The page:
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You are invited to attend the System Dynamics Seminar Series being held on Friday, September 10th from 1:00-2:pm EST via Zoom: https://mit.zoom.us/j/96764037673 (password: SDSSFA21). Our guest speaker will be Carolyn Fu
Abstract: Vertical integration has traditionally been understood as having distinct advantages for systemic innovation – enabling firms to experiment with different combinations of resources, so as to achieve valuable innovations in product architecture. However, the possibility for disintegrated markets to also provide such innovations has not been well investigated. In this study, we see that if specialized producers in a disintegrated market are motivated by reputational concerns, they likewise experiment with valuable product architectures they can participate in. The market then offers a multitude of systemic innovations that a given firm can leverage. Furthermore, the availability of these systemic innovations in the market means that greater integration can in fact be detrimental to a firm’s attempts to innovate. This study examines this opportunity and challenge through the surprising disintegration of the Royal Opera, a firm that sought to integrate for the sake of systemic innovation but ultimately abandoned this in order to leverage the novel product architectures offered by specialized producers in the market. This study utilizes both qualitative archival analysis and a computational simulation to clarify the benefits that market-level search for systemic innovations can offer, and demonstrate how a firm can in fact undercut this value by attempting to integrate.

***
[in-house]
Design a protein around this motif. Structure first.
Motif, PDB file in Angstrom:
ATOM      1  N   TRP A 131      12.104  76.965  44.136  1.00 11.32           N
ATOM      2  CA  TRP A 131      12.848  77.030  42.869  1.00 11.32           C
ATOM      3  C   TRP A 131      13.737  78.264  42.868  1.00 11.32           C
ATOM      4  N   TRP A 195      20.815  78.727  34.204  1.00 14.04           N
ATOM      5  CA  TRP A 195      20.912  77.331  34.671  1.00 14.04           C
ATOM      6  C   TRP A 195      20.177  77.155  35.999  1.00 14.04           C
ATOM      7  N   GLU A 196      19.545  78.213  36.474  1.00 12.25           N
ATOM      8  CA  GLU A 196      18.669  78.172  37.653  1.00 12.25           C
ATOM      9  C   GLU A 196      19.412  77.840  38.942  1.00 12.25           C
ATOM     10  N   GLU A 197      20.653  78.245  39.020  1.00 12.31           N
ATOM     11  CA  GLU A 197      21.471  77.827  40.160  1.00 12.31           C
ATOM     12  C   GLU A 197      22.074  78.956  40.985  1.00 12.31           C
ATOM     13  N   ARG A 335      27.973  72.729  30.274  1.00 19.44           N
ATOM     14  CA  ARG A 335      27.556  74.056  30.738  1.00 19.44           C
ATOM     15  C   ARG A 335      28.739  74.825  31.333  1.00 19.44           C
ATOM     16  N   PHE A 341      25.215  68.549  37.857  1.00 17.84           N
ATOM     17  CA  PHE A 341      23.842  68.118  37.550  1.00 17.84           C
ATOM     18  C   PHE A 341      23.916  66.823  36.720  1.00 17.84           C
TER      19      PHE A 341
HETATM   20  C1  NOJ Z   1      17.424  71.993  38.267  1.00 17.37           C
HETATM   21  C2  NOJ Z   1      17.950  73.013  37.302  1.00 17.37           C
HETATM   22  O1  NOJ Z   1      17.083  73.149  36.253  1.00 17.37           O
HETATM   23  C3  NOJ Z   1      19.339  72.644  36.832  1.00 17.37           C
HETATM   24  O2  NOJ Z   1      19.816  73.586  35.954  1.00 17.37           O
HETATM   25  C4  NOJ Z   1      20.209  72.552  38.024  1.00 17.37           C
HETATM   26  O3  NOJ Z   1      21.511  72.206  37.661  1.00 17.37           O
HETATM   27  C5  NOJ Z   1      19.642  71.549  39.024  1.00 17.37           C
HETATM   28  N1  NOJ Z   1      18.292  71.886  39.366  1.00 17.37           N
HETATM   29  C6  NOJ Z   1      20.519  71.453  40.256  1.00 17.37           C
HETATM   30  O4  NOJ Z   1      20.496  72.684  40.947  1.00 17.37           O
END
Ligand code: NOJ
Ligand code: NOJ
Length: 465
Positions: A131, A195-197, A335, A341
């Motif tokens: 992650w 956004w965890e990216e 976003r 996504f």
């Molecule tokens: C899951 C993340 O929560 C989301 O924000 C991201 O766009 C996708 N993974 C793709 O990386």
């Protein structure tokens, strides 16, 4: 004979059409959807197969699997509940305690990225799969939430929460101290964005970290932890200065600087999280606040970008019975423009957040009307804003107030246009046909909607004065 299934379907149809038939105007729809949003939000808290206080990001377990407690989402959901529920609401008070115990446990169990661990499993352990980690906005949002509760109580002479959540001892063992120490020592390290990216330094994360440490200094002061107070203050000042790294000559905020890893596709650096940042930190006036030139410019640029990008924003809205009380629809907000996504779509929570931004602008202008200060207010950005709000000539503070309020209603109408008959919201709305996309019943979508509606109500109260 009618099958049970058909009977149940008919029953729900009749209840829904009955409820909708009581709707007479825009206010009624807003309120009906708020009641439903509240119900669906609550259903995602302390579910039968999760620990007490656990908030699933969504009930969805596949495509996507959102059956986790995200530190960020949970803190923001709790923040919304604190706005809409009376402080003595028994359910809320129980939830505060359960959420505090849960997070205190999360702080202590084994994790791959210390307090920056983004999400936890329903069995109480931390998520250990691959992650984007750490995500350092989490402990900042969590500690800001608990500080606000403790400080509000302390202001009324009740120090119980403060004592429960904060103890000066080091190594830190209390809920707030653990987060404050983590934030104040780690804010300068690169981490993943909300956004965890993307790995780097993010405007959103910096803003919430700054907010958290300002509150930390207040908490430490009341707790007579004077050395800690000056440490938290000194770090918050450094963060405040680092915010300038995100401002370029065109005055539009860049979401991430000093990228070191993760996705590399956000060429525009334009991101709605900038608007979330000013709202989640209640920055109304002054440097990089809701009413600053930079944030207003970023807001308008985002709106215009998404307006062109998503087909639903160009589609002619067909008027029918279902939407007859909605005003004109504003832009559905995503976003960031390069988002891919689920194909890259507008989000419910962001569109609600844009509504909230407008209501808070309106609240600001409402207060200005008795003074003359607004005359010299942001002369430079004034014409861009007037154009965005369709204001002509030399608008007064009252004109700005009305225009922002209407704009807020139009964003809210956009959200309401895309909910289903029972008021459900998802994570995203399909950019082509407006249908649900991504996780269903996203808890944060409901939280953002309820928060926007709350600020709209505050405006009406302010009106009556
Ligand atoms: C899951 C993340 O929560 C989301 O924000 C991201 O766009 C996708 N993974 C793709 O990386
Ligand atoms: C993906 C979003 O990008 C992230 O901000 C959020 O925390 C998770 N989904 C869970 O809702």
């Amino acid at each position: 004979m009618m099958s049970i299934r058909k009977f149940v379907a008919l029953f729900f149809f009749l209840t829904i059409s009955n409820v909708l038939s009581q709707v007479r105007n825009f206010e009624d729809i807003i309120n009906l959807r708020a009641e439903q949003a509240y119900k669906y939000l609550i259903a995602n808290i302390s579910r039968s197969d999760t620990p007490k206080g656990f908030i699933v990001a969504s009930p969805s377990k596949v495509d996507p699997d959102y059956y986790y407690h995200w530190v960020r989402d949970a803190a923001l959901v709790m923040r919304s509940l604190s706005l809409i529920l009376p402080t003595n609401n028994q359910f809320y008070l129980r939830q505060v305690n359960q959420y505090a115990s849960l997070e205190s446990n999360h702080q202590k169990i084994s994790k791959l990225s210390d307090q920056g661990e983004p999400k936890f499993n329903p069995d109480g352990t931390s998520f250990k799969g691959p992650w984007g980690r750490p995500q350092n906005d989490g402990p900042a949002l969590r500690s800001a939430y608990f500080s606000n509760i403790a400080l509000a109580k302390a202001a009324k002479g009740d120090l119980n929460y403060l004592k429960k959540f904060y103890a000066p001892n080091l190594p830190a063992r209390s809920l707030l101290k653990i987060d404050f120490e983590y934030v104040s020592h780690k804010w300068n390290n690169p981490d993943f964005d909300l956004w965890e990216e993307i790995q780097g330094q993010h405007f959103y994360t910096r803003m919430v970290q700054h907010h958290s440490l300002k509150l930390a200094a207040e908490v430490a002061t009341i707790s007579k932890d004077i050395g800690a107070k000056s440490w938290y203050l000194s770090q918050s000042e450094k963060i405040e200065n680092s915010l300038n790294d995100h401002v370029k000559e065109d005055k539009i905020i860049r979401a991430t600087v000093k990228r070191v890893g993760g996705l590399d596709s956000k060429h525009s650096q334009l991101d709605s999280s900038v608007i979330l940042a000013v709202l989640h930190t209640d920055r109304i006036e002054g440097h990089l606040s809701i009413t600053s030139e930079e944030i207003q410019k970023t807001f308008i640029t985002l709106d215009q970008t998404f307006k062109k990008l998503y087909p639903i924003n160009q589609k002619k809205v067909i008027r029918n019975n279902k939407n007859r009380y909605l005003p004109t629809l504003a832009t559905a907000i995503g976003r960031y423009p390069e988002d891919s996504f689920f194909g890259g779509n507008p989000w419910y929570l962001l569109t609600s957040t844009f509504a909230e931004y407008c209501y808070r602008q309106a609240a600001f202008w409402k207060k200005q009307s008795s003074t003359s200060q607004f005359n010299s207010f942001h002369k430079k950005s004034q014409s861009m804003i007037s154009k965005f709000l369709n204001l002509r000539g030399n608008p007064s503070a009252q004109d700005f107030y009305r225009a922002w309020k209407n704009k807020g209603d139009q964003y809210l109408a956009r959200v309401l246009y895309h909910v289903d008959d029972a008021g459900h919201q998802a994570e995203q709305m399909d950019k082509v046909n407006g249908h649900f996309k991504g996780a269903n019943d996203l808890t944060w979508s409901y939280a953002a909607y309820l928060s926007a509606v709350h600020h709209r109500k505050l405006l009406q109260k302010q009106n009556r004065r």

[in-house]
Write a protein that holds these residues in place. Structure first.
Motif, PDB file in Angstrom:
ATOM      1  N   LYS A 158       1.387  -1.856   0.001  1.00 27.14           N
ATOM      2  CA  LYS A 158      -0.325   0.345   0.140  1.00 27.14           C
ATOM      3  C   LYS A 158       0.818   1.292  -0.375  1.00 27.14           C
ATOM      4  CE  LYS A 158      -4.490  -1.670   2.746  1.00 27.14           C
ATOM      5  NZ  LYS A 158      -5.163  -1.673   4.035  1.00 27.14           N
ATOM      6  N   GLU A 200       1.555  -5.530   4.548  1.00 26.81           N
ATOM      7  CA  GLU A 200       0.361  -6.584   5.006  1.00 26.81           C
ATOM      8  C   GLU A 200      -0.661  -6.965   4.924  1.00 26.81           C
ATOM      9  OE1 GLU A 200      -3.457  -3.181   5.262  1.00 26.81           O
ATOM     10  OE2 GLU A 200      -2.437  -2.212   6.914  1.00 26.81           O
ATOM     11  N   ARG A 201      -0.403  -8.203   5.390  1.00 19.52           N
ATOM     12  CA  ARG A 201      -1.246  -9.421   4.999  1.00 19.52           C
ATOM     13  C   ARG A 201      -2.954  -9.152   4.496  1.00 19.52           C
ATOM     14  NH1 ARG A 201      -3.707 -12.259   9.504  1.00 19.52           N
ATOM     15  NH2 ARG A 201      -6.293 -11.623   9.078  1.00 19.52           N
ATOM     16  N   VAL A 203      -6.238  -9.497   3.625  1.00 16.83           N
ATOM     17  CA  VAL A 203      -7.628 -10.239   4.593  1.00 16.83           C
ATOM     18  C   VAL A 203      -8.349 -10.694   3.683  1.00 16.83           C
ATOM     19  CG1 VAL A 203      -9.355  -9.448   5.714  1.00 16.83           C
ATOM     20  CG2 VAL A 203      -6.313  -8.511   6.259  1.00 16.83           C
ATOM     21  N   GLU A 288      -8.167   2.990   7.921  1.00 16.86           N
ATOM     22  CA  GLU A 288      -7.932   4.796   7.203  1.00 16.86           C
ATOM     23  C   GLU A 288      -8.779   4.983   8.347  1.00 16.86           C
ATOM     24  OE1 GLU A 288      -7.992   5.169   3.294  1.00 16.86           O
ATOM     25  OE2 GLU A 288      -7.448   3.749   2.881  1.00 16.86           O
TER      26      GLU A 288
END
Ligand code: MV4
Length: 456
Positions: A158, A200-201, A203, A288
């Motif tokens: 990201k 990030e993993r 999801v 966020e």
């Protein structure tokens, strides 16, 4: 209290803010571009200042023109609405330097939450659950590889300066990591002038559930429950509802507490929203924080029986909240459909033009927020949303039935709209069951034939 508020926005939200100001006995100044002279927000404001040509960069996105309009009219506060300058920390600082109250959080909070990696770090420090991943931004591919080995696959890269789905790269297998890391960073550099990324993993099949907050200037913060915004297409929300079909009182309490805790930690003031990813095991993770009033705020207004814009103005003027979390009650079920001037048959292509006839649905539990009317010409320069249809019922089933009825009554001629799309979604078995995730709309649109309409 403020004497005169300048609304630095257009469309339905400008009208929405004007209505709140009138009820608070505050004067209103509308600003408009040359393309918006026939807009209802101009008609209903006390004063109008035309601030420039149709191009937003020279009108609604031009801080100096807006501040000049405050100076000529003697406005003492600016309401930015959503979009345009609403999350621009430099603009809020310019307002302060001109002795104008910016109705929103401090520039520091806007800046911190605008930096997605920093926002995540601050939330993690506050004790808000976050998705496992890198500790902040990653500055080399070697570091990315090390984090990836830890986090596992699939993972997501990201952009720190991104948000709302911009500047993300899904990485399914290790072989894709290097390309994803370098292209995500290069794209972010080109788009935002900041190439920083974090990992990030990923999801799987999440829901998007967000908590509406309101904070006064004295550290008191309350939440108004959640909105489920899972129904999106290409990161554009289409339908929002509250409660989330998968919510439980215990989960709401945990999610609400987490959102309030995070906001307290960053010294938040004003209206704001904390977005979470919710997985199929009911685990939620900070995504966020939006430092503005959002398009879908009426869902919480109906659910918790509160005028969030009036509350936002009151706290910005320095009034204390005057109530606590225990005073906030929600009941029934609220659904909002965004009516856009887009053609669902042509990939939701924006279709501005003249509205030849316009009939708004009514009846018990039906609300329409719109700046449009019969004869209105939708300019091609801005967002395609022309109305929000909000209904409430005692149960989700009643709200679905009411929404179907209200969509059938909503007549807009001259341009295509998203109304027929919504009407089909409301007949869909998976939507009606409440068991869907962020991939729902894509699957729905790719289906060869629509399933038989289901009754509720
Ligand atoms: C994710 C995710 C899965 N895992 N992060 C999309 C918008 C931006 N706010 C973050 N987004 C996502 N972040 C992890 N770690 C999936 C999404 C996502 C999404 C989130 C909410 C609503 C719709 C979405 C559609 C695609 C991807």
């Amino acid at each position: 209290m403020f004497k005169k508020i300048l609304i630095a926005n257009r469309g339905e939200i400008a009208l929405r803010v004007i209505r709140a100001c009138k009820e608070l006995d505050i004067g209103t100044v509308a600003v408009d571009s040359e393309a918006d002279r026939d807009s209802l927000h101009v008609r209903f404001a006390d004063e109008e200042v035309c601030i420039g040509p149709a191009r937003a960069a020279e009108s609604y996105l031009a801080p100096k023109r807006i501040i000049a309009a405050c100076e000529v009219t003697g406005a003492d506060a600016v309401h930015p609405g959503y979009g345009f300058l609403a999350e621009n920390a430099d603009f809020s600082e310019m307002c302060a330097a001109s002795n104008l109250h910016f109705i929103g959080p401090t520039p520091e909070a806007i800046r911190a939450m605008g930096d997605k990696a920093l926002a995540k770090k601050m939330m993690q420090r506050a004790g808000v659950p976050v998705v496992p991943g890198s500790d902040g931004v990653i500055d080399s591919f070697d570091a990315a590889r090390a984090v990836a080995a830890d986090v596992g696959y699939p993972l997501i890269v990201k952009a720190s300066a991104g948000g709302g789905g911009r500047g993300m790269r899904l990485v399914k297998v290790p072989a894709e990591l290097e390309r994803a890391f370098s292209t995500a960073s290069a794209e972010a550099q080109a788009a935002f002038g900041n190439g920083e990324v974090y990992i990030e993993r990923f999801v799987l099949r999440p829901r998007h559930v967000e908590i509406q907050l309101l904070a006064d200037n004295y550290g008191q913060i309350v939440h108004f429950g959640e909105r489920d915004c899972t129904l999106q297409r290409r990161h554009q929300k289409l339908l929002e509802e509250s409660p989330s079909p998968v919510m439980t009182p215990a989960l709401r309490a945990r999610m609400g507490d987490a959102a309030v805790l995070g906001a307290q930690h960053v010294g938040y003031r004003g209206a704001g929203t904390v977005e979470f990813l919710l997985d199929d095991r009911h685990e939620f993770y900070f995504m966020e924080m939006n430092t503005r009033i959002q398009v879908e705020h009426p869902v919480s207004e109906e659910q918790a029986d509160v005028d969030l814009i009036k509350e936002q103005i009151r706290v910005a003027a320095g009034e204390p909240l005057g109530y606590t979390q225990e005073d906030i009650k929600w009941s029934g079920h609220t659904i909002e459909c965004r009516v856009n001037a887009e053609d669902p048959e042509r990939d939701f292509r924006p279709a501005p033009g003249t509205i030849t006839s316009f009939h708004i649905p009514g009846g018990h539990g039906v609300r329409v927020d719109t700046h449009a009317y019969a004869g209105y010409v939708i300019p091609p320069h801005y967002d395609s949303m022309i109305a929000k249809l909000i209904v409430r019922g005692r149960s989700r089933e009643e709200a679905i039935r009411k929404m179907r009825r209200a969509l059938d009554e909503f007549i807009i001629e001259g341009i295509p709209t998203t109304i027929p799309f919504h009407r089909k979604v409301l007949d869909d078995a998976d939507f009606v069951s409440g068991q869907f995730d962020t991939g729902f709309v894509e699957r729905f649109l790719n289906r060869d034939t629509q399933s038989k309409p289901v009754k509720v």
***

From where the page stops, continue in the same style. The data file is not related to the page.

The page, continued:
Brief Bio: Carolyn Fu is a Ph.D. Candidate in Economic Sociology at MIT Sloan. Her research examines how organizational learning mechanisms (e.g. interdependence, cognition) interact with sociological mechanisms (e.g. status, legitimacy) to influence how and where valuable innovations arise and the strategic implications of this. She uses both qualitative archival methods and computational simulations in her work.
Learn more about the MIT Sloan Academic Areas Research Seminars